Ford Motor Co.’s touted transition to the auto industry’s next new thing is proving far more difficult than the brass makes it sound.
Instead of embracing the Blue Oval’s ability to generate near-record profits on pickups and SUVs, Wall Street is expressing its skepticism by pummeling Ford shares. Instead of seizing Executive Chairman Bill Ford Jr.’s vision for the mobility future and its promise to juice Ford’s profit margins and growth rates, investors are responding with a collective “show us.”
The steadily rising pressure atop the Glass House is unlikely to ease anytime soon. It culminated Wednesday with confirmation that Ford, still on track to post near-record profits, nonetheless will cut 10 percent of its salaried personnel costs in the North America and Asia-Pacific regions and offer 1,400 voluntary buyouts.
And Ford’s shares? Still trading near their 52-week low — and down roughly 40 percent from when CEO Mark Fields succeeded Alan Mulally nearly three years ago. He’s the Boeing Co. veteran credited with reviving the Blue Oval and rescuing the legacy of Bill Ford Jr. from ignominy.
How borrowing a page from the old Detroit playbook reveals a new Ford ready to straddle the present of traditional autos and the future of mobility and autonomy remains to be seen. More clarity from a management team struggling to find its voice would help, as would a crisper delineation of its strategy.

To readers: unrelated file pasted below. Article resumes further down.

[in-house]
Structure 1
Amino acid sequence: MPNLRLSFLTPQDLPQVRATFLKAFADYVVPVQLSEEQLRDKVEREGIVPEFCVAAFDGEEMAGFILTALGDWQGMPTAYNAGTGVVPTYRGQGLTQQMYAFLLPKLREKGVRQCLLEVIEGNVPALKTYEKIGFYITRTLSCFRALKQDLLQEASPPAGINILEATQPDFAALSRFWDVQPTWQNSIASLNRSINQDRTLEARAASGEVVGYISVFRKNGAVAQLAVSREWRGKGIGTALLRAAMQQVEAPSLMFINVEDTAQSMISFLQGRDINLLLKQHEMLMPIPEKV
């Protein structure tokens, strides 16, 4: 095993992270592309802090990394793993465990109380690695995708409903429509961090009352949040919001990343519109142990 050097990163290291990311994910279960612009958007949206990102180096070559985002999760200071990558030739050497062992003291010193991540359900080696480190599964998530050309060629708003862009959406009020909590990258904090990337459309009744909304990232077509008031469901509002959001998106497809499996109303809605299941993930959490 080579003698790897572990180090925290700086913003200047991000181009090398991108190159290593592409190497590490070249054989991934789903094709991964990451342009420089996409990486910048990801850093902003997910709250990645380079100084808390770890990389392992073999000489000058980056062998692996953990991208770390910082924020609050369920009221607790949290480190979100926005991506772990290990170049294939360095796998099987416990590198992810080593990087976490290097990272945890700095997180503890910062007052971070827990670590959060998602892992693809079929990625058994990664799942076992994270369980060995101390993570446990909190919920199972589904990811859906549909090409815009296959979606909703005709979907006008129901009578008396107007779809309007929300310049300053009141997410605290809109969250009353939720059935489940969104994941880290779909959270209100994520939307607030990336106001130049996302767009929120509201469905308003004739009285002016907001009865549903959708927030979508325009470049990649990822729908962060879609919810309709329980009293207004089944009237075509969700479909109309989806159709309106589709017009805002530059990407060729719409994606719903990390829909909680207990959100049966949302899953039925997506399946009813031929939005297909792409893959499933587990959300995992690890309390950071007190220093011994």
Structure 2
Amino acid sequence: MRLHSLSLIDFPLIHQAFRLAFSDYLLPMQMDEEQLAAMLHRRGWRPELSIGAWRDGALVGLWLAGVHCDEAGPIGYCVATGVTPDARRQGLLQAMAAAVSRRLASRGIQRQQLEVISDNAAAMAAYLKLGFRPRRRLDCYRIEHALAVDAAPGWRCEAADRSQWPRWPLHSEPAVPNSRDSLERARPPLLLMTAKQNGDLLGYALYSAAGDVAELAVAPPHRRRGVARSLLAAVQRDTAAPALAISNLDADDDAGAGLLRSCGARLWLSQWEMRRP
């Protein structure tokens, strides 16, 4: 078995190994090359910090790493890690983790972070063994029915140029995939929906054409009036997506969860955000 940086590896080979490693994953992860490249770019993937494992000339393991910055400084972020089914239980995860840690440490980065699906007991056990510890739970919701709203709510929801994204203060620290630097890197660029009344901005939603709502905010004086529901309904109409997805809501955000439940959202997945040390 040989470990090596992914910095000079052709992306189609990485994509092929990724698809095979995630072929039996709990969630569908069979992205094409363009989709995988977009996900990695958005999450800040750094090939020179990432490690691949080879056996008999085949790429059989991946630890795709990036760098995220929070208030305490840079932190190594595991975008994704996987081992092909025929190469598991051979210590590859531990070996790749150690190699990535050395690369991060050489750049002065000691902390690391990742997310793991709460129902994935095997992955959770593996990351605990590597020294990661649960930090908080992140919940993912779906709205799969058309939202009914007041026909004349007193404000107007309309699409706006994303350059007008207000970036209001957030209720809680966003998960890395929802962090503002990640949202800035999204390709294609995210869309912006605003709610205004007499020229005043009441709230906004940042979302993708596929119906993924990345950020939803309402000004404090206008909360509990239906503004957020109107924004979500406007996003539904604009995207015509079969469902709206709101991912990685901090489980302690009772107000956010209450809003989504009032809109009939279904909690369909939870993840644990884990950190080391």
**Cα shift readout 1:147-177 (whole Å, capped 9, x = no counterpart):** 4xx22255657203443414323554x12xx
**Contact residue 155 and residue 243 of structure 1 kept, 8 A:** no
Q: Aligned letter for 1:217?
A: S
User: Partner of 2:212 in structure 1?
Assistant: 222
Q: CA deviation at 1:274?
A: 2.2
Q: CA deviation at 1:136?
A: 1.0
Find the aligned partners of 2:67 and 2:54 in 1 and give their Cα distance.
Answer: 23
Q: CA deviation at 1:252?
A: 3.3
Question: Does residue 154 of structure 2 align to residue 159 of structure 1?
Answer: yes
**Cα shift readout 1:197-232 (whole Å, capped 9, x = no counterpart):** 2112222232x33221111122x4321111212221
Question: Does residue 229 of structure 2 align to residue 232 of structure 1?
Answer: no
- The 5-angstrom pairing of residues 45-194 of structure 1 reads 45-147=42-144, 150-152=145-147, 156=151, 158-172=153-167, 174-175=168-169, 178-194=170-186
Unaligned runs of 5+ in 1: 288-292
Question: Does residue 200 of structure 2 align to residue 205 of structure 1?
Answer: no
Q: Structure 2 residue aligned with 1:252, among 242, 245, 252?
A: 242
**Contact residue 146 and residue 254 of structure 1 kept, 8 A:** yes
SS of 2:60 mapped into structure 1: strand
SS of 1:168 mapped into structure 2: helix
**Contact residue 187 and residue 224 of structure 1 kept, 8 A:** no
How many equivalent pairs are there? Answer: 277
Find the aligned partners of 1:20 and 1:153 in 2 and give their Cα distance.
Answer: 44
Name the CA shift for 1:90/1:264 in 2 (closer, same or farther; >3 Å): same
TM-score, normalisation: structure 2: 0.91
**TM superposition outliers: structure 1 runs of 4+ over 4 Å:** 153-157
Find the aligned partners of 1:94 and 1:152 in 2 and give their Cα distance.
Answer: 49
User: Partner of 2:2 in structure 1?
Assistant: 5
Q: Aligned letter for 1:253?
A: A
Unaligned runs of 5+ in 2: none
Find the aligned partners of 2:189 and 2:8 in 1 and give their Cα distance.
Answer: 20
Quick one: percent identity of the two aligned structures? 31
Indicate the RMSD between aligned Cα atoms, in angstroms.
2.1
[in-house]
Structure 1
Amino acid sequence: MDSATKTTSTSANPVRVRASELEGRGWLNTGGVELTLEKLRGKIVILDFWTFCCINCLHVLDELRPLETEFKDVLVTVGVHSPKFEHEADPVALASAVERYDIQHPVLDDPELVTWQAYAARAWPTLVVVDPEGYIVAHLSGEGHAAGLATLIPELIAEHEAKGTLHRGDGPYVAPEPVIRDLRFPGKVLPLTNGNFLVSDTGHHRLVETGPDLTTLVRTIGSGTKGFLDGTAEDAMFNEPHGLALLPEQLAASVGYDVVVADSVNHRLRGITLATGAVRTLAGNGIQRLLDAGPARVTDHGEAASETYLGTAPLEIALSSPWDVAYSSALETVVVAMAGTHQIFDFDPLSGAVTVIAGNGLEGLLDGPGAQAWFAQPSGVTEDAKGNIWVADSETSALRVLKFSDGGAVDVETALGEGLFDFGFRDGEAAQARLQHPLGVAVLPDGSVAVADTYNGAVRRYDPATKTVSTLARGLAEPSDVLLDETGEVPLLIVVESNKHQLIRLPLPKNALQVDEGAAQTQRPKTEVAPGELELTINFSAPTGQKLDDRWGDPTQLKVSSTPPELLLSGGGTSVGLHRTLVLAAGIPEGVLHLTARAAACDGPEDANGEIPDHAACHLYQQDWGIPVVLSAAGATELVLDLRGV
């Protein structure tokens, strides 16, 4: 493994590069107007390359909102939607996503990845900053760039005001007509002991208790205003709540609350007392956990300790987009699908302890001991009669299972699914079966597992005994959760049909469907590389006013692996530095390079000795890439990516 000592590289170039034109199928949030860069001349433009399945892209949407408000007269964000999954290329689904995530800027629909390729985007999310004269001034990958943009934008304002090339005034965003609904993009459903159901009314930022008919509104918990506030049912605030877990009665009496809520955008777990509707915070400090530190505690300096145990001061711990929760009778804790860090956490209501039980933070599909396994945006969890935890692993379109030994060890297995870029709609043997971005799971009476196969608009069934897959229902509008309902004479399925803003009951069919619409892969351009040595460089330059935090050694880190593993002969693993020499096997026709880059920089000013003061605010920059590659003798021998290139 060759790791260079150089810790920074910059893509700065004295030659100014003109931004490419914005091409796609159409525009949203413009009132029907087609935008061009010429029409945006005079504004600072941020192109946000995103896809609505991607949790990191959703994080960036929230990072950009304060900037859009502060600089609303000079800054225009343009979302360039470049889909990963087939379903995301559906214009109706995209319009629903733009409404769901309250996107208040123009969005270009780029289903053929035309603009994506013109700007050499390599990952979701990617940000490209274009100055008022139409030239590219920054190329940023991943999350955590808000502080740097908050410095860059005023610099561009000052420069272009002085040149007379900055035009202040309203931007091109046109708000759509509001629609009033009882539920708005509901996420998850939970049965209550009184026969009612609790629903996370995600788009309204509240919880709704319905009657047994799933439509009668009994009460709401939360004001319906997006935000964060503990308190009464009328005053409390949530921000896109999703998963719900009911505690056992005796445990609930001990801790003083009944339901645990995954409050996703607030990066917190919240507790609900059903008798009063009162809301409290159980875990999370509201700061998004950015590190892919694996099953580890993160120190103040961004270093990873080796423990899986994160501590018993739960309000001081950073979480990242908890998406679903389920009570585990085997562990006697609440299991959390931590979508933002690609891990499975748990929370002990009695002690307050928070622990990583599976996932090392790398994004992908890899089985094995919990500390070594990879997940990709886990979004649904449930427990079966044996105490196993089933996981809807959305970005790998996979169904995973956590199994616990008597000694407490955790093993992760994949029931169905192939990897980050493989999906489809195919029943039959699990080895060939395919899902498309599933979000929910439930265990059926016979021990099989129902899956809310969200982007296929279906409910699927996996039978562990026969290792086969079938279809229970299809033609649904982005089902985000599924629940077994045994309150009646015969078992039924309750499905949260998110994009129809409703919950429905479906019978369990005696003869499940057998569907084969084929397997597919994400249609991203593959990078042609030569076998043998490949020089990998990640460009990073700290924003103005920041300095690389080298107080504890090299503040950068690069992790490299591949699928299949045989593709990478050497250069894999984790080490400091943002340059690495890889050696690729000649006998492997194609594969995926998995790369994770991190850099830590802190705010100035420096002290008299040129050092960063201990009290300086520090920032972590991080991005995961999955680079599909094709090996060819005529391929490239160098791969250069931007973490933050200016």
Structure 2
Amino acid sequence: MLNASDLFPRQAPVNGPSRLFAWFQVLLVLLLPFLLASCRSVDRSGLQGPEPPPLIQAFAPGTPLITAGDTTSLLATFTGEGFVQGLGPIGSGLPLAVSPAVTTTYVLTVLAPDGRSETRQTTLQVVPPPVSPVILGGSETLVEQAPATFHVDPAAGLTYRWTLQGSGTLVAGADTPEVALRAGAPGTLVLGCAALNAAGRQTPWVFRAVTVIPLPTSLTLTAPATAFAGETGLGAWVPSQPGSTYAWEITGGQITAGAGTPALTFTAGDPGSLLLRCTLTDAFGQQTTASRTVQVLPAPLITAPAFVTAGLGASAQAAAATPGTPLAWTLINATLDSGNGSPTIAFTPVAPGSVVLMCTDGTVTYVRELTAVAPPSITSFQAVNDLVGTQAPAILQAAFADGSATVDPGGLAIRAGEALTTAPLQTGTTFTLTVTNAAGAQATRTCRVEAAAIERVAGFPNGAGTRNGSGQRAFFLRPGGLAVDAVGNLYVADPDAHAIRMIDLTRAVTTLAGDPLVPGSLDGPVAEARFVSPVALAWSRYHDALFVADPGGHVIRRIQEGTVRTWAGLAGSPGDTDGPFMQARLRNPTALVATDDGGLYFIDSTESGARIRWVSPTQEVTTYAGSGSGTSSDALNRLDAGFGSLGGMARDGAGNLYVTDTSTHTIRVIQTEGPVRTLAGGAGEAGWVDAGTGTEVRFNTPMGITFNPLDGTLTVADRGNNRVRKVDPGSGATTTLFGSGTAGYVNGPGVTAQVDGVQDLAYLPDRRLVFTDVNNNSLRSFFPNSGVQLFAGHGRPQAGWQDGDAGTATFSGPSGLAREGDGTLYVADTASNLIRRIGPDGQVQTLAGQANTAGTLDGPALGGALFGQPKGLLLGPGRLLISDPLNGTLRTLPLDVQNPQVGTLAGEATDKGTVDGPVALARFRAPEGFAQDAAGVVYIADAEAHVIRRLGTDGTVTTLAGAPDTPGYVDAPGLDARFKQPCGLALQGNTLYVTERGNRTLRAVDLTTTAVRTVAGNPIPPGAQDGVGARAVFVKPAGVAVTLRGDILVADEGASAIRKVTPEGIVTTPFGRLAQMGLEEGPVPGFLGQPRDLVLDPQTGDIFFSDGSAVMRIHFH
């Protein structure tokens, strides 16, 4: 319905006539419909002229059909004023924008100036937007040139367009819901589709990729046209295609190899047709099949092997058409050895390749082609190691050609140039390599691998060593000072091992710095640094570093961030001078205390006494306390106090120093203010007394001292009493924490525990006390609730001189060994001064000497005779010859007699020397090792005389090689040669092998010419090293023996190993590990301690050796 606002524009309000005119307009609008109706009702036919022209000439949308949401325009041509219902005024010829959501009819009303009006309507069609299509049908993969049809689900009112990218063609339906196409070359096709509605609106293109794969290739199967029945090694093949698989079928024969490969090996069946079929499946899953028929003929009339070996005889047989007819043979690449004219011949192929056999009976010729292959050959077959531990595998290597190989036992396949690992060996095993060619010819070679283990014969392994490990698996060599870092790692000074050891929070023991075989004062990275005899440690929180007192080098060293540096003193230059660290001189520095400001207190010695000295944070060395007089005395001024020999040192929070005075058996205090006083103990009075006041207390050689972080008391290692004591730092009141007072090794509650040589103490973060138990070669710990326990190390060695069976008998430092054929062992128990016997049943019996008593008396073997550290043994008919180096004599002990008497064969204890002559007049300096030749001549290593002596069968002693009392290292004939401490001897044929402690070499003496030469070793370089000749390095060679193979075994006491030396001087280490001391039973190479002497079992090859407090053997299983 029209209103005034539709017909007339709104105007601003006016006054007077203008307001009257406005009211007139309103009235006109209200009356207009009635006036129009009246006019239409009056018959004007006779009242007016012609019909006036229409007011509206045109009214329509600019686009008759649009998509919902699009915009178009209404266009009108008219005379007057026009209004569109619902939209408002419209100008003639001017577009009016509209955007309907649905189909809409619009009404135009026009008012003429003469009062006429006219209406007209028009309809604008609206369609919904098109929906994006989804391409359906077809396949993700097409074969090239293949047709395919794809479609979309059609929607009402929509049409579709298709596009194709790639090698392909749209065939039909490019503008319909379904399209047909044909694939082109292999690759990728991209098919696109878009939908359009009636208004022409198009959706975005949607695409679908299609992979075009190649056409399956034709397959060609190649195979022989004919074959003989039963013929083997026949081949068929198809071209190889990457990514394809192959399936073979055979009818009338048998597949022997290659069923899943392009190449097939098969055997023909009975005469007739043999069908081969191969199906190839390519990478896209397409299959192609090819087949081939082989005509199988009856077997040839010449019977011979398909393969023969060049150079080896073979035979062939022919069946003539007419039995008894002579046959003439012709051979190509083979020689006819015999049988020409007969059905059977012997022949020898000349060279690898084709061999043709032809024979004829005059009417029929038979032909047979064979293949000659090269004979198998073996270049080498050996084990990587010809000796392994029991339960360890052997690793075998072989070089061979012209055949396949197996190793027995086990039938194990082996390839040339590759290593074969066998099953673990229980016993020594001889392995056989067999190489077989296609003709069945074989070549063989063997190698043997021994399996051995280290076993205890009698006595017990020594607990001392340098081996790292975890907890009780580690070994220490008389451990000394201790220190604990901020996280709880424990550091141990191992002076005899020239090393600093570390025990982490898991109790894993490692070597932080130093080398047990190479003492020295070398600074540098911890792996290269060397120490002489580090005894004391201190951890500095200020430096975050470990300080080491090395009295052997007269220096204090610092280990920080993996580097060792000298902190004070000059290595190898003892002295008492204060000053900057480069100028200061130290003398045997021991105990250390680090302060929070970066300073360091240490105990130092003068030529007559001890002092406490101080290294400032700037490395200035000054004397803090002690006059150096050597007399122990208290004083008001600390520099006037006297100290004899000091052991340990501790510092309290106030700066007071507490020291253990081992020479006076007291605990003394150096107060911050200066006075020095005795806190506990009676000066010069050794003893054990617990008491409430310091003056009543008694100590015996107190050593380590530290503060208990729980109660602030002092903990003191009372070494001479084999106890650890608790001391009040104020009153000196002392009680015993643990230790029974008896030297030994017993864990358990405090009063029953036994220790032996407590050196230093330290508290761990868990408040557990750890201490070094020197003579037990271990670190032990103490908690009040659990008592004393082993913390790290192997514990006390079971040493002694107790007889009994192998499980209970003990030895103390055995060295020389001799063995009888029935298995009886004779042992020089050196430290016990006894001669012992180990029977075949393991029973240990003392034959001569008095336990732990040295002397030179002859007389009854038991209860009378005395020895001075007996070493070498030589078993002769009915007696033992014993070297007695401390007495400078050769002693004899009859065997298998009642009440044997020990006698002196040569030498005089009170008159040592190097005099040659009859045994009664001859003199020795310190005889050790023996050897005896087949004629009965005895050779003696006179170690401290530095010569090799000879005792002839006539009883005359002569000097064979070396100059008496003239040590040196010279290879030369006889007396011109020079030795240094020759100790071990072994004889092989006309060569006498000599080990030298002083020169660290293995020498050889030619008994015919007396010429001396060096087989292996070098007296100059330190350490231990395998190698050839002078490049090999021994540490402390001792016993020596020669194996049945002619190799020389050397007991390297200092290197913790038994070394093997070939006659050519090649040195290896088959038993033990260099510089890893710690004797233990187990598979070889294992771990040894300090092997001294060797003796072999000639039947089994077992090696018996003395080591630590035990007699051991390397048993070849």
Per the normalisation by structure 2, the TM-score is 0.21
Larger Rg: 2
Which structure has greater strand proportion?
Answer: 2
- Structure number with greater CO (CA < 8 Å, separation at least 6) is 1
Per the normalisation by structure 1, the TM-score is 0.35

Not so far, in sharp and inescapable contrast to Mulally. He hammered his “One Ford” strategy with annoying regularity. He ordered it detailed on pocket cards he distributed like candy. He built a huge reservoir of credibility with Wall Street and Ford investors by delivering on the plan, consistently, and adjusting when conditions changed.
It was all so hokey to the serious suits in Dearborn and New York — the hayseed act by the Kansas native, the autographs accompanied by his trademark “Ford Rocks” flourish, the assiduous courting of influentials Mulally determined could be helpful in telling the Ford story. Most of it worked, and most of his lesson appears to have been forgotten.
There is, however, a fundamental difference between the challenges facing Mulally then and Fields now, who ascended to the top job in July 2014. Mulally engineered the rebuild of Ford’s core car and truck business, producing what turned out to be an earnings machine at the top of the auto cycle.
Fields is charged with maintaining that momentum amid a downshifting market cycle, even as he pushes the automaker into unknown territory labeled autonomy, electrification and mobility. That’s easier said than done, especially when a muddy strategy at a critical inflection point is complicated by an even muddier communications strategy — to the extent there is one.
Traditional automakers like Ford aren’t just contemplating a future informed by a century of experience, one promising next-generation cars, trucks and SUVs. They’re betting on an evolving, unfamiliar future they mostly don’t know and cannot predict — and expecting investors to trust them to get it right.